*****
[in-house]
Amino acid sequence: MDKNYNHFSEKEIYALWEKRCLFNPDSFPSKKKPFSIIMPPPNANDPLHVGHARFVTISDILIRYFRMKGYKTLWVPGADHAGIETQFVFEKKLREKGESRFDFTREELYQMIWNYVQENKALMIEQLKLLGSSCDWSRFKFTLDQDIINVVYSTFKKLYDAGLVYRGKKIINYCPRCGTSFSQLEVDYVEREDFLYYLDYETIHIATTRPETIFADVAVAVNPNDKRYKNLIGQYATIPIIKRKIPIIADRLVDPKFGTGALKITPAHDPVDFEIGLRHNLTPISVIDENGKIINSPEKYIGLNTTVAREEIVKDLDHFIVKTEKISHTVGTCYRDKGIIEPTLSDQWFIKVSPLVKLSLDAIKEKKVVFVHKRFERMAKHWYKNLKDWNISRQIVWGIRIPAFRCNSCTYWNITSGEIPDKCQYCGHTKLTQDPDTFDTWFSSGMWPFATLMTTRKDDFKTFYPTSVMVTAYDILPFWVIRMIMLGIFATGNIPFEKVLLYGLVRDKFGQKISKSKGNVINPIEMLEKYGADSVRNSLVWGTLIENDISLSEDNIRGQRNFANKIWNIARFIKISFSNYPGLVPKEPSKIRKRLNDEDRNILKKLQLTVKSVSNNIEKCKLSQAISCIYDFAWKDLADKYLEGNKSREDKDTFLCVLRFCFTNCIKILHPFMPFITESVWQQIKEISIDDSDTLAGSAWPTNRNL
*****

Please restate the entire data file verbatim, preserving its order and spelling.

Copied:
[in-house]
Amino acid sequence: MDKNYNHFSEKEIYALWEKRCLFNPDSFPSKKKPFSIIMPPPNANDPLHVGHARFVTISDILIRYFRMKGYKTLWVPGADHAGIETQFVFEKKLREKGESRFDFTREELYQMIWNYVQENKALMIEQLKLLGSSCDWSRFKFTLDQDIINVVYSTFKKLYDAGLVYRGKKIINYCPRCGTSFSQLEVDYVEREDFLYYLDYETIHIATTRPETIFADVAVAVNPNDKRYKNLIGQYATIPIIKRKIPIIADRLVDPKFGTGALKITPAHDPVDFEIGLRHNLTPISVIDENGKIINSPEKYIGLNTTVAREEIVKDLDHFIVKTEKISHTVGTCYRDKGIIEPTLSDQWFIKVSPLVKLSLDAIKEKKVVFVHKRFERMAKHWYKNLKDWNISRQIVWGIRIPAFRCNSCTYWNITSGEIPDKCQYCGHTKLTQDPDTFDTWFSSGMWPFATLMTTRKDDFKTFYPTSVMVTAYDILPFWVIRMIMLGIFATGNIPFEKVLLYGLVRDKFGQKISKSKGNVINPIEMLEKYGADSVRNSLVWGTLIENDISLSEDNIRGQRNFANKIWNIARFIKISFSNYPGLVPKEPSKIRKRLNDEDRNILKKLQLTVKSVSNNIEKCKLSQAISCIYDFAWKDLADKYLEGNKSREDKDTFLCVLRFCFTNCIKILHPFMPFITESVWQQIKEISIDDSDTLAGSAWPTNRNL